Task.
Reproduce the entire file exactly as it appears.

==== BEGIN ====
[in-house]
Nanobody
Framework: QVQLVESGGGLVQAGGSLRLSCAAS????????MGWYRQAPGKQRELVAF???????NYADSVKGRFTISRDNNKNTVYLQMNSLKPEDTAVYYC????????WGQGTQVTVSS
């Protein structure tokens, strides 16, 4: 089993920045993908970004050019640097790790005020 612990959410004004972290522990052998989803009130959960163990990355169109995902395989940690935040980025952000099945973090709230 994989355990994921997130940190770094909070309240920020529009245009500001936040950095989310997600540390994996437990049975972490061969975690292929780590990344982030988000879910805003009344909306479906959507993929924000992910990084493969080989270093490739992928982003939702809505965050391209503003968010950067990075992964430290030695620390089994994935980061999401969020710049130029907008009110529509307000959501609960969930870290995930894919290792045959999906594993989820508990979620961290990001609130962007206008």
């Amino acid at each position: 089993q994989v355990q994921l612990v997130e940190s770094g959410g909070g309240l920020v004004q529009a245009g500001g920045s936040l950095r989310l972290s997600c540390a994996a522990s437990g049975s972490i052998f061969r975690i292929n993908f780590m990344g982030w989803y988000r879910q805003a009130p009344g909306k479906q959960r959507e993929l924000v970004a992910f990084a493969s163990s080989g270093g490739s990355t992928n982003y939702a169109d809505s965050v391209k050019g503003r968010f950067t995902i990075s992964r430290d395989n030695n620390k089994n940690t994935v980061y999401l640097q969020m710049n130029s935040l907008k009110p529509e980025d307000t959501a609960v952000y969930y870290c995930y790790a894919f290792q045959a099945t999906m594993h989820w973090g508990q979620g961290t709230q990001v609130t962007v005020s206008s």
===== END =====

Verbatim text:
[in-house]
Nanobody
Framework: QVQLVESGGGLVQAGGSLRLSCAAS????????MGWYRQAPGKQRELVAF???????NYADSVKGRFTISRDNNKNTVYLQMNSLKPEDTAVYYC????????WGQGTQVTVSS
């Protein structure tokens, strides 16, 4: 089993920045993908970004050019640097790790005020 612990959410004004972290522990052998989803009130959960163990990355169109995902395989940690935040980025952000099945973090709230 994989355990994921997130940190770094909070309240920020529009245009500001936040950095989310997600540390994996437990049975972490061969975690292929780590990344982030988000879910805003009344909306479906959507993929924000992910990084493969080989270093490739992928982003939702809505965050391209503003968010950067990075992964430290030695620390089994994935980061999401969020710049130029907008009110529509307000959501609960969930870290995930894919290792045959999906594993989820508990979620961290990001609130962007206008």
């Amino acid at each position: 089993q994989v355990q994921l612990v997130e940190s770094g959410g909070g309240l920020v004004q529009a245009g500001g920045s936040l950095r989310l972290s997600c540390a994996a522990s437990g049975s972490i052998f061969r975690i292929n993908f780590m990344g982030w989803y988000r879910q805003a009130p009344g909306k479906q959960r959507e993929l924000v970004a992910f990084a493969s163990s080989g270093g490739s990355t992928n982003y939702a169109d809505s965050v391209k050019g503003r968010f950067t995902i990075s992964r430290d395989n030695n620390k089994n940690t994935v980061y999401l640097q969020m710049n130029s935040l907008k009110p529509e980025d307000t959501a609960v952000y969930y870290c995930y790790a894919f290792q045959a099945t999906m594993h989820w973090g508990q979620g961290t709230q990001v609130t962007v005020s206008s």